Since 2007 the jobless rate in Ireland has tripled, housing prices have dropped by half, and the country’s credit rating has been downgraded repeatedly.
Enter the comedians. Kilkenomics, billed as Europe’s first economics festival, sold 3,120 tickets to the events at Kilkenny, a city founded in 1207. Kilkenomics’s purpose is to make sense—and light—of all the misery. The idea was for eight comics plus 24 economists, journalists, and bloggers, to “simplify the big ideas and make them more accessible,” according to the festival brochure. Seminar topics ranged from the predictable—“What is the future of the euro?”—to the potentially more useful—“What the hell is happening right now?” The only rule seemed to be that the comics had to dress like economists and the economists had to dress like comedians. Ex-Argentine Economy and Production Minister Martín Lousteau made a deep impression with his backpacker look.
One event had panelists competing to create folk tales using jargon like derivatives, fiat currency, and haircuts. In one story the hero rushed into a confessional to plea for debt forgiveness. During a discussion of investment strategies for 2012, former hedge fund manager Vikas Nath urged attendees to buy shares of luxury good companies such as Prada, the Italian maker of shoes, handbags, and apparel. High-end products are booming in emerging markets like his native India even, he explained, as demand slows in the U.S. and Europe. “Cheap imitations are for white people,” Nath declared. “We prefer the real thing!” (Uproarious laughter.) Comedy writer Paddy Cullivan sang, “A is for austerity, B is for bailouts.” Q, needless to say, was for quantitative easing.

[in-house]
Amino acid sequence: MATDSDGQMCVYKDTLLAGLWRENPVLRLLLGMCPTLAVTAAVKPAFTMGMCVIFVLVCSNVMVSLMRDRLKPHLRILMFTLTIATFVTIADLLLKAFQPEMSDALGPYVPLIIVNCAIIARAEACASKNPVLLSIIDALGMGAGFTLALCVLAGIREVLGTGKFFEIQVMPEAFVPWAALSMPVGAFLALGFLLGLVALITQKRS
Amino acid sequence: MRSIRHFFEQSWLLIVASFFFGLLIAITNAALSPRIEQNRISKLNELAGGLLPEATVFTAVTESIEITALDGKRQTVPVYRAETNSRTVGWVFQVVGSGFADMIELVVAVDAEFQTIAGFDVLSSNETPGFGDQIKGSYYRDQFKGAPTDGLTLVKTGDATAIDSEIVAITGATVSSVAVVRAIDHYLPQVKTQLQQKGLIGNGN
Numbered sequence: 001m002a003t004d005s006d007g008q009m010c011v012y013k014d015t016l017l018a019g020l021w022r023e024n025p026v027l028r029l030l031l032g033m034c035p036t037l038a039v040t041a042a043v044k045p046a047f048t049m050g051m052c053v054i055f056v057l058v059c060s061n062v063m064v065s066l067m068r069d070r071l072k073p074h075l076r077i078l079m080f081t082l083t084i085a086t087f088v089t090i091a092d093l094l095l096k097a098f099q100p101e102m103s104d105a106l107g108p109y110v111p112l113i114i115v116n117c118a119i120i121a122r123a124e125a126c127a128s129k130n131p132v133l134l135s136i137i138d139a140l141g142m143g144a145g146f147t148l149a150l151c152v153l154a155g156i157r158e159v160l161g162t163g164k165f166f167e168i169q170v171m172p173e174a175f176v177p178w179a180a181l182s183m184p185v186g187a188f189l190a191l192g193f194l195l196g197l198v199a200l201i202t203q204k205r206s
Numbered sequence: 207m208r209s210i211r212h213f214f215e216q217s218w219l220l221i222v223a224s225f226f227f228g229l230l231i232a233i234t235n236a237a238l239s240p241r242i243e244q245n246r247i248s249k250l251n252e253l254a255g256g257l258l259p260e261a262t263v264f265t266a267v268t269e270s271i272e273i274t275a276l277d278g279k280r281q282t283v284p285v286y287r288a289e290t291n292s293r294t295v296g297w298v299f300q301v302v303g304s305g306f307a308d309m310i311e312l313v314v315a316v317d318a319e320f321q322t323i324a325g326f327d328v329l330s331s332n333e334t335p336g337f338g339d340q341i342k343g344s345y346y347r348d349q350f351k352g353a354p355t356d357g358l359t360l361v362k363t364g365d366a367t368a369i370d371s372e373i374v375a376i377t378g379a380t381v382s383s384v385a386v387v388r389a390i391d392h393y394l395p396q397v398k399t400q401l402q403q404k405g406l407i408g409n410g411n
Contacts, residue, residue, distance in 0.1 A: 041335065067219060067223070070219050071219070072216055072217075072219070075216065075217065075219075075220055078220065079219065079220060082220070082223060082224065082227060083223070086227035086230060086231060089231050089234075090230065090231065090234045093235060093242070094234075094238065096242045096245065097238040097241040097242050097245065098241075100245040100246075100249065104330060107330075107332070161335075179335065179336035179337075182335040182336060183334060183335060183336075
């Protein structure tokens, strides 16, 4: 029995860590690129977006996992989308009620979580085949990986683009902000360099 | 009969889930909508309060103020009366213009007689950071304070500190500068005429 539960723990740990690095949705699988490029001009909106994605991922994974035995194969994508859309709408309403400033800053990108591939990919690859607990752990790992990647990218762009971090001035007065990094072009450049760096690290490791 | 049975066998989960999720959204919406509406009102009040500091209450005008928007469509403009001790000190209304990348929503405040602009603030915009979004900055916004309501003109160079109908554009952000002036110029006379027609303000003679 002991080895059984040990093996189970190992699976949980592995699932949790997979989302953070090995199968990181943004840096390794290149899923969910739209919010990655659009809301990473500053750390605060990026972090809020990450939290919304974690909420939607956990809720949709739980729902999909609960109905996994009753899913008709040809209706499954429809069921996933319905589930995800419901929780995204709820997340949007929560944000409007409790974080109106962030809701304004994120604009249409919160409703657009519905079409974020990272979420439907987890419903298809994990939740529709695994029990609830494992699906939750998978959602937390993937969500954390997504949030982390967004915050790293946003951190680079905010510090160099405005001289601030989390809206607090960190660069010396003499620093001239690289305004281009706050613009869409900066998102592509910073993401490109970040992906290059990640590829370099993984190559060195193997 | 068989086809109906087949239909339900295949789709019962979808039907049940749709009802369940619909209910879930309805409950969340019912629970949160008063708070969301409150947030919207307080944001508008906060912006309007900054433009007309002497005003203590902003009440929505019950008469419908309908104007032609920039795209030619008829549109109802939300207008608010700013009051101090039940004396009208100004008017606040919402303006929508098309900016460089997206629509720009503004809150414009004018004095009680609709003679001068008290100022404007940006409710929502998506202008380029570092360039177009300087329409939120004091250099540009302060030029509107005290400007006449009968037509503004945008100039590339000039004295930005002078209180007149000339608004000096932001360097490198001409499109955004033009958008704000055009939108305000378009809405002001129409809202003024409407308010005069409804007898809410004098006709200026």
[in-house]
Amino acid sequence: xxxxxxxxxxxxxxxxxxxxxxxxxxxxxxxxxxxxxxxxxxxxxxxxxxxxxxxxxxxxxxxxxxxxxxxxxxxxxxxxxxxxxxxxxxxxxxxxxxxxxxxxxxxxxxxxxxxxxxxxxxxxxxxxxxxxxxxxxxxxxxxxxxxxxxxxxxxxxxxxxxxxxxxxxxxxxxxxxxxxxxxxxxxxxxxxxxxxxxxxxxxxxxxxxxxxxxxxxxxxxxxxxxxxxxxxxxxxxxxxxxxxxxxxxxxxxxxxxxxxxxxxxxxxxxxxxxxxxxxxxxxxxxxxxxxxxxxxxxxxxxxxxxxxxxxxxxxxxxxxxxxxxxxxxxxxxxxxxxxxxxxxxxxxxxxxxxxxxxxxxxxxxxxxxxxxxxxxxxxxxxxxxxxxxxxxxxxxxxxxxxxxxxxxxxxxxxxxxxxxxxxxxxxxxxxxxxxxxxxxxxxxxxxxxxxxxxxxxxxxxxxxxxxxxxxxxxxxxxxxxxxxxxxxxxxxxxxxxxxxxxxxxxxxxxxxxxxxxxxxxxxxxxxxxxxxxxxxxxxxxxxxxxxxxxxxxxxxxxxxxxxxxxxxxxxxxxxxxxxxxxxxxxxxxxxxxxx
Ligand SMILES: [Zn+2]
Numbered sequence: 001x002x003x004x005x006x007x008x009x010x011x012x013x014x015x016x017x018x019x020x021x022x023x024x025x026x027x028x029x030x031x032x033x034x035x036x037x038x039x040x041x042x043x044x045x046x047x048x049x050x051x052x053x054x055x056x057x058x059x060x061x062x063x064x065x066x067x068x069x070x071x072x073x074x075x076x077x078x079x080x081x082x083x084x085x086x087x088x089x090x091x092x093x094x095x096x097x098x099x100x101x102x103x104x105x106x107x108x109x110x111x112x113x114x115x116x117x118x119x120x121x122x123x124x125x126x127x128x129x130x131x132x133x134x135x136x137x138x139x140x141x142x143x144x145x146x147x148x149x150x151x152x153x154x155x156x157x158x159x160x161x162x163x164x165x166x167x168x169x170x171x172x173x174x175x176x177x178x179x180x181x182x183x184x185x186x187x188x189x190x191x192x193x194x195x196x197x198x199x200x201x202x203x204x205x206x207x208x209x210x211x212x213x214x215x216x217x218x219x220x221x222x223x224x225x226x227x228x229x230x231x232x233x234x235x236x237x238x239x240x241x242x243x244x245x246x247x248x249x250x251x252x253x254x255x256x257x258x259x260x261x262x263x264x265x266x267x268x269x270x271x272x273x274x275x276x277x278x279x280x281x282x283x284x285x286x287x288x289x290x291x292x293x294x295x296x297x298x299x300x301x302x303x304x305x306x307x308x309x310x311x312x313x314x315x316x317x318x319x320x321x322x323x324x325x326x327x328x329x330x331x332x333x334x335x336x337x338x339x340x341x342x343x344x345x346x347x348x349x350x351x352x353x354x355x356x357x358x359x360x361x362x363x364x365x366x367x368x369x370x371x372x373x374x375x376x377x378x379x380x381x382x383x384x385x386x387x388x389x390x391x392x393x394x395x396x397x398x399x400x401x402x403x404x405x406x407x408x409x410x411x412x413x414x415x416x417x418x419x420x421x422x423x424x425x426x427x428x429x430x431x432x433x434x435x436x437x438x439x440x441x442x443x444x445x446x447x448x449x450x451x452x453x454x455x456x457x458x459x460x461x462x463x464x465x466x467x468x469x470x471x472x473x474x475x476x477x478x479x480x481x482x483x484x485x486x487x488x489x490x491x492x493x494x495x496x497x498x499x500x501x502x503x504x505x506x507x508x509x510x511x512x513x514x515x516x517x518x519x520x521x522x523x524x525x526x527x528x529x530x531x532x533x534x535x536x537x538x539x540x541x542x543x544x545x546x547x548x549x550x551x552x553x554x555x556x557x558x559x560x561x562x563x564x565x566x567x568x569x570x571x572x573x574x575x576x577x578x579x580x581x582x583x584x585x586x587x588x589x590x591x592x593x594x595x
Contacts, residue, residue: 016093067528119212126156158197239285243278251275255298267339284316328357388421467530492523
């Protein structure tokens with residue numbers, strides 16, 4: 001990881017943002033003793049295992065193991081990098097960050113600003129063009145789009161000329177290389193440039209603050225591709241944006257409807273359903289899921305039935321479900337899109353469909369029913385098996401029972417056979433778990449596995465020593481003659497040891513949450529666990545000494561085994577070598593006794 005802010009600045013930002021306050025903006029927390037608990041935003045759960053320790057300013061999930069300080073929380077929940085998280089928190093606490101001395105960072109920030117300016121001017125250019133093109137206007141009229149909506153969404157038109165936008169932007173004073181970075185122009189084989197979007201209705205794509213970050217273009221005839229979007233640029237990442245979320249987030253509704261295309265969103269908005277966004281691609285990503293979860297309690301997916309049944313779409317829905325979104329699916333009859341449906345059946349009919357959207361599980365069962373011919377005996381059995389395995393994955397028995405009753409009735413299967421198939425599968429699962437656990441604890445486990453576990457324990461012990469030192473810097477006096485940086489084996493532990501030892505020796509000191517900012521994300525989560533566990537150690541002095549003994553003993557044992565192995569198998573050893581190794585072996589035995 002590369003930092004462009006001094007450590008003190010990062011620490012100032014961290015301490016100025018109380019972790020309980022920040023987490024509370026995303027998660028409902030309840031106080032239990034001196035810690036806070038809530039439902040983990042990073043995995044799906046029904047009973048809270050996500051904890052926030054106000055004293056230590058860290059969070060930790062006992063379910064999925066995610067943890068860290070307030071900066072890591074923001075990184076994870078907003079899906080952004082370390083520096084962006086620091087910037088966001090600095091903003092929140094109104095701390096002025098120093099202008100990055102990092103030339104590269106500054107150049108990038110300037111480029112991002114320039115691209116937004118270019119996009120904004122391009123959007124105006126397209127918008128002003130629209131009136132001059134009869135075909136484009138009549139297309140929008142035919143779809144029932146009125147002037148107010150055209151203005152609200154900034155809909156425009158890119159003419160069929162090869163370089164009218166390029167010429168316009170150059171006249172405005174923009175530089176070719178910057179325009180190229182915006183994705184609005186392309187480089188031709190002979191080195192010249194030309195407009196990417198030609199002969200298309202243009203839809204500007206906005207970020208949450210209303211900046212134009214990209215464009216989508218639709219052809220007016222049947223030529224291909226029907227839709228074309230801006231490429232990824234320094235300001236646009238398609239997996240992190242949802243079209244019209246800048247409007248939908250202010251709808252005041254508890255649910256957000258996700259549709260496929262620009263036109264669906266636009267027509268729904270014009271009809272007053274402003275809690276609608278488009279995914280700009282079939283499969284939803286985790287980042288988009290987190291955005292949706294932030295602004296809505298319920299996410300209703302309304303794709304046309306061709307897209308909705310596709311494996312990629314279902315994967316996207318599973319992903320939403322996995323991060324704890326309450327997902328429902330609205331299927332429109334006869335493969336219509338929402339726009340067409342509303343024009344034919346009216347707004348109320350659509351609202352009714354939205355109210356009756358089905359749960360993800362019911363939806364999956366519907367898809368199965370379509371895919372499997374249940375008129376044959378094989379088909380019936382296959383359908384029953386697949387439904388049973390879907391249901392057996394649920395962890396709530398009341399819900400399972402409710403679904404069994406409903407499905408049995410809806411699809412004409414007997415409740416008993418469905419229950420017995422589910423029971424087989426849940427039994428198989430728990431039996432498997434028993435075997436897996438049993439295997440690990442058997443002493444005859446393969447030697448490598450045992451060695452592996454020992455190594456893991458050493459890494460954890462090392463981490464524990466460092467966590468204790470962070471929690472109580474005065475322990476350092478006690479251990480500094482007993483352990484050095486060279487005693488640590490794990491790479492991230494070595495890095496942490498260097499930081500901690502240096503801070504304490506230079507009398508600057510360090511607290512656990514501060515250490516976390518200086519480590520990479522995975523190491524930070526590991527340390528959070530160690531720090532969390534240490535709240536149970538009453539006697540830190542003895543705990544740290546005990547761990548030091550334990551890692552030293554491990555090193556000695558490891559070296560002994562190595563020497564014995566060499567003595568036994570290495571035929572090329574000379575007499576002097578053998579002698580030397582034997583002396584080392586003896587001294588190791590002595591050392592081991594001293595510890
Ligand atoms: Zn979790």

One of the biggest names on the program was economist Jeffrey Sachs, twice named one of the world’s most 100 influential people by Time magazine, whose black jeans appeared to be pressed. Asked about Goldman Sachs’s role in recent economic traumas, he proclaimed, “What they’ve done is a disgrace to the Sachs name!” (Generous laughter.) It was a comfort that Sachs can stick with his impressive day job as director of the Earth Institute at Columbia University and its Quetelet professor of sustainable development and professor of health policy and management.
Among the attendees, who paid up to €100 ($138) for a day ticket, were folks who came more for guidance than mirth. An elderly homeowner traveled to Kilkenny, despite her apprehension about the long drive, because she feared she might have trouble paying her euro-denominated mortgage if Ireland’s problems worsen. An Intel production engineer wanted to know why Intel stock price was so depressed—and his options underwater—if the chipmaker was making buckets of money. Maura Frasier, who is trying to manage a €50,000 inheritance, said she was “worried to death about the money. I don’t want to do anything that would risk it.” And Kenny Hope, a Merrill Lynch financial adviser, sought a better sense of why his clients are unusually cautious about the markets and whether he could figure out how to assure them.
Much scorn was heaped on the notion that Irish bankers feel so constrained by the current pay cap of €500,000 a year at state-rescued institutions that the most talented might flee Ireland to seek living wages elsewhere.
On the Kilkenny festival’s last day, comedian Colm O’Regan asked panelists to hold up headlines from the morning newspapers that spoke to current economic conditions. One held up the Daily Racing Form, displaying a two-page spread of betting tips and pictures of racehorses, as well as a headline that read, “Bankers or Blowouts?”
“That’s it!” O’Regan declared. “We’ll get rid of all the bank directors and replace them with horses. They couldn’t do worse.” Panelist Margaret E. Ward, a journalist, looked up from her paper and said: “And we’ll pay them with sugar cubes.” (Knowing laughter.)